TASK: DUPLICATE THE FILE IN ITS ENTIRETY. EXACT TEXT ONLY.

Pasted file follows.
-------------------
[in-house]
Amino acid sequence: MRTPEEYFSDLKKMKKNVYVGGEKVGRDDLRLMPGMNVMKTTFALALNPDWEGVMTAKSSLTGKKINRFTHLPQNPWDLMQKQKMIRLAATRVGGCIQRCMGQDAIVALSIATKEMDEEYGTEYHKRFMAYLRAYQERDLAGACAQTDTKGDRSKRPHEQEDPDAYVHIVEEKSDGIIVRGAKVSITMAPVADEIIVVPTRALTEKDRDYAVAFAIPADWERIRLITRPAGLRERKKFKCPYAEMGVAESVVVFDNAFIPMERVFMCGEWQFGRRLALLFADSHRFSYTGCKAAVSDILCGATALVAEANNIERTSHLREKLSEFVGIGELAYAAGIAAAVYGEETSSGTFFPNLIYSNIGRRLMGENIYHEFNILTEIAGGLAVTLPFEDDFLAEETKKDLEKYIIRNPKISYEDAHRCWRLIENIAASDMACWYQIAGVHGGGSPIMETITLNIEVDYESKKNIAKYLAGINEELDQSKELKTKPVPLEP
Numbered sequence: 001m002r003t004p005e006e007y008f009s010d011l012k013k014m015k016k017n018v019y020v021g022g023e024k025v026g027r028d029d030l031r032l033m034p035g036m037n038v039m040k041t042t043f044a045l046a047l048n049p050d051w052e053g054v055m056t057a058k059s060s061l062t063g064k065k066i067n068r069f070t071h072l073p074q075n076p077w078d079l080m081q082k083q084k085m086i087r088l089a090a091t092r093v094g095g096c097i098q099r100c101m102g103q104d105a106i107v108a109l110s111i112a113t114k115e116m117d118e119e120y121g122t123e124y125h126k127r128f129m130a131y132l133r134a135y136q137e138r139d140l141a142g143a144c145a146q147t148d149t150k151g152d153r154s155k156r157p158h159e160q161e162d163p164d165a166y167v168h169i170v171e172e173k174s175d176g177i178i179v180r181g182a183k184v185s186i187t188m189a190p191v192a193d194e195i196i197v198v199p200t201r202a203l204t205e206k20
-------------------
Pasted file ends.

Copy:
[in-house]
Amino acid sequence: MRTPEEYFSDLKKMKKNVYVGGEKVGRDDLRLMPGMNVMKTTFALALNPDWEGVMTAKSSLTGKKINRFTHLPQNPWDLMQKQKMIRLAATRVGGCIQRCMGQDAIVALSIATKEMDEEYGTEYHKRFMAYLRAYQERDLAGACAQTDTKGDRSKRPHEQEDPDAYVHIVEEKSDGIIVRGAKVSITMAPVADEIIVVPTRALTEKDRDYAVAFAIPADWERIRLITRPAGLRERKKFKCPYAEMGVAESVVVFDNAFIPMERVFMCGEWQFGRRLALLFADSHRFSYTGCKAAVSDILCGATALVAEANNIERTSHLREKLSEFVGIGELAYAAGIAAAVYGEETSSGTFFPNLIYSNIGRRLMGENIYHEFNILTEIAGGLAVTLPFEDDFLAEETKKDLEKYIIRNPKISYEDAHRCWRLIENIAASDMACWYQIAGVHGGGSPIMETITLNIEVDYESKKNIAKYLAGINEELDQSKELKTKPVPLEP
Numbered sequence: 001m002r003t004p005e006e007y008f009s010d011l012k013k014m015k016k017n018v019y020v021g022g023e024k025v026g027r028d029d030l031r032l033m034p035g036m037n038v039m040k041t042t043f044a045l046a047l048n049p050d051w052e053g054v055m056t057a058k059s060s061l062t063g064k065k066i067n068r069f070t071h072l073p074q075n076p077w078d079l080m081q082k083q084k085m086i087r088l089a090a091t092r093v094g095g096c097i098q099r100c101m102g103q104d105a106i107v108a109l110s111i112a113t114k115e116m117d118e119e120y121g122t123e124y125h126k127r128f129m130a131y132l133r134a135y136q137e138r139d140l141a142g143a144c145a146q147t148d149t150k151g152d153r154s155k156r157p158h159e160q161e162d163p164d165a166y167v168h169i170v171e172e173k174s175d176g177i178i179v180r181g182a183k184v185s186i187t188m189a190p191v192a193d194e195i196i197v198v199p200t201r202a203l204t205e206k20